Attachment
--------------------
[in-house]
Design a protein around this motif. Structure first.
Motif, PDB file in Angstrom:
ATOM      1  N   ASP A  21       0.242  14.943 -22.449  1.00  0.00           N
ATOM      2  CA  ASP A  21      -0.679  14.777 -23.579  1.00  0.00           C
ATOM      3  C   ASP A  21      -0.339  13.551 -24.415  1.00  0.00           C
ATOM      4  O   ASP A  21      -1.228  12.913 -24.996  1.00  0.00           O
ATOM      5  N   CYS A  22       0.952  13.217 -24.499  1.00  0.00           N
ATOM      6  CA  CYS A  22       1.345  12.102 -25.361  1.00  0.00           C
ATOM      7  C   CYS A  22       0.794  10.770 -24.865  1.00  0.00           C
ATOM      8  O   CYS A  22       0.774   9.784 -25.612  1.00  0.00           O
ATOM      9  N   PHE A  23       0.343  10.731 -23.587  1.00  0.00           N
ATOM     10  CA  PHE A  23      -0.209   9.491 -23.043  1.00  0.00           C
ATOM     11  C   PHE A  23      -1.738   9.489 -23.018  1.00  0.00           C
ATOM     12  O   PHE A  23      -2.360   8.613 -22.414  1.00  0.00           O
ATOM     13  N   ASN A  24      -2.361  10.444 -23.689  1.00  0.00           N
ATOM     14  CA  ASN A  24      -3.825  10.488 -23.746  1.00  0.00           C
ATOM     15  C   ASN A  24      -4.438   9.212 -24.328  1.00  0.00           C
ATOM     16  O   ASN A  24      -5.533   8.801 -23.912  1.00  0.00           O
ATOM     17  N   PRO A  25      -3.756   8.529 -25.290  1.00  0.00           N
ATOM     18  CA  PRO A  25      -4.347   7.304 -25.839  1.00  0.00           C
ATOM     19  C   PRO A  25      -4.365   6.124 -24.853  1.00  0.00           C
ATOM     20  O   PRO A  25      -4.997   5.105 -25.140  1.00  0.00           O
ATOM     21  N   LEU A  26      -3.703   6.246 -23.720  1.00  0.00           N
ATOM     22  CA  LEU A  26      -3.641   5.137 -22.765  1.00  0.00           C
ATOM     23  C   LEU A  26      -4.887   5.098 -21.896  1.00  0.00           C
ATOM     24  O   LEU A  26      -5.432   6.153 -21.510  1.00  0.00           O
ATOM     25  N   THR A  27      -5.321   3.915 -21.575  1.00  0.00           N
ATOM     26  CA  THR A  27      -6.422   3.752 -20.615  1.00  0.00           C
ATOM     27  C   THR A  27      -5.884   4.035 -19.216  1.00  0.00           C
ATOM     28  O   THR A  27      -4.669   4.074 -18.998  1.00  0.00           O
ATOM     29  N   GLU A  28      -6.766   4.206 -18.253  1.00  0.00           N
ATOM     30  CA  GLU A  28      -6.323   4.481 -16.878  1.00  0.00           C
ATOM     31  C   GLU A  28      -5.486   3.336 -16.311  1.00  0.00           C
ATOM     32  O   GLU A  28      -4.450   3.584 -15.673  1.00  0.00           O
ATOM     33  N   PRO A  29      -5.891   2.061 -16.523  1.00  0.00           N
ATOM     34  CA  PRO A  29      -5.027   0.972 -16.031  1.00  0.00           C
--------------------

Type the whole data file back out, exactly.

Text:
[in-house]
Design a protein around this motif. Structure first.
Motif, PDB file in Angstrom:
ATOM      1  N   ASP A  21       0.242  14.943 -22.449  1.00  0.00           N
ATOM      2  CA  ASP A  21      -0.679  14.777 -23.579  1.00  0.00           C
ATOM      3  C   ASP A  21      -0.339  13.551 -24.415  1.00  0.00           C
ATOM      4  O   ASP A  21      -1.228  12.913 -24.996  1.00  0.00           O
ATOM      5  N   CYS A  22       0.952  13.217 -24.499  1.00  0.00           N
ATOM      6  CA  CYS A  22       1.345  12.102 -25.361  1.00  0.00           C
ATOM      7  C   CYS A  22       0.794  10.770 -24.865  1.00  0.00           C
ATOM      8  O   CYS A  22       0.774   9.784 -25.612  1.00  0.00           O
ATOM      9  N   PHE A  23       0.343  10.731 -23.587  1.00  0.00           N
ATOM     10  CA  PHE A  23      -0.209   9.491 -23.043  1.00  0.00           C
ATOM     11  C   PHE A  23      -1.738   9.489 -23.018  1.00  0.00           C
ATOM     12  O   PHE A  23      -2.360   8.613 -22.414  1.00  0.00           O
ATOM     13  N   ASN A  24      -2.361  10.444 -23.689  1.00  0.00           N
ATOM     14  CA  ASN A  24      -3.825  10.488 -23.746  1.00  0.00           C
ATOM     15  C   ASN A  24      -4.438   9.212 -24.328  1.00  0.00           C
ATOM     16  O   ASN A  24      -5.533   8.801 -23.912  1.00  0.00           O
ATOM     17  N   PRO A  25      -3.756   8.529 -25.290  1.00  0.00           N
ATOM     18  CA  PRO A  25      -4.347   7.304 -25.839  1.00  0.00           C
ATOM     19  C   PRO A  25      -4.365   6.124 -24.853  1.00  0.00           C
ATOM     20  O   PRO A  25      -4.997   5.105 -25.140  1.00  0.00           O
ATOM     21  N   LEU A  26      -3.703   6.246 -23.720  1.00  0.00           N
ATOM     22  CA  LEU A  26      -3.641   5.137 -22.765  1.00  0.00           C
ATOM     23  C   LEU A  26      -4.887   5.098 -21.896  1.00  0.00           C
ATOM     24  O   LEU A  26      -5.432   6.153 -21.510  1.00  0.00           O
ATOM     25  N   THR A  27      -5.321   3.915 -21.575  1.00  0.00           N
ATOM     26  CA  THR A  27      -6.422   3.752 -20.615  1.00  0.00           C
ATOM     27  C   THR A  27      -5.884   4.035 -19.216  1.00  0.00           C
ATOM     28  O   THR A  27      -4.669   4.074 -18.998  1.00  0.00           O
ATOM     29  N   GLU A  28      -6.766   4.206 -18.253  1.00  0.00           N
ATOM     30  CA  GLU A  28      -6.323   4.481 -16.878  1.00  0.00           C
ATOM     31  C   GLU A  28      -5.486   3.336 -16.311  1.00  0.00           C
ATOM     32  O   GLU A  28      -4.450   3.584 -15.673  1.00  0.00           O
ATOM     33  N   PRO A  29      -5.891   2.061 -16.523  1.00  0.00           N
ATOM     34  CA  PRO A  29      -5.027   0.972 -16.031  1.00  0.00           C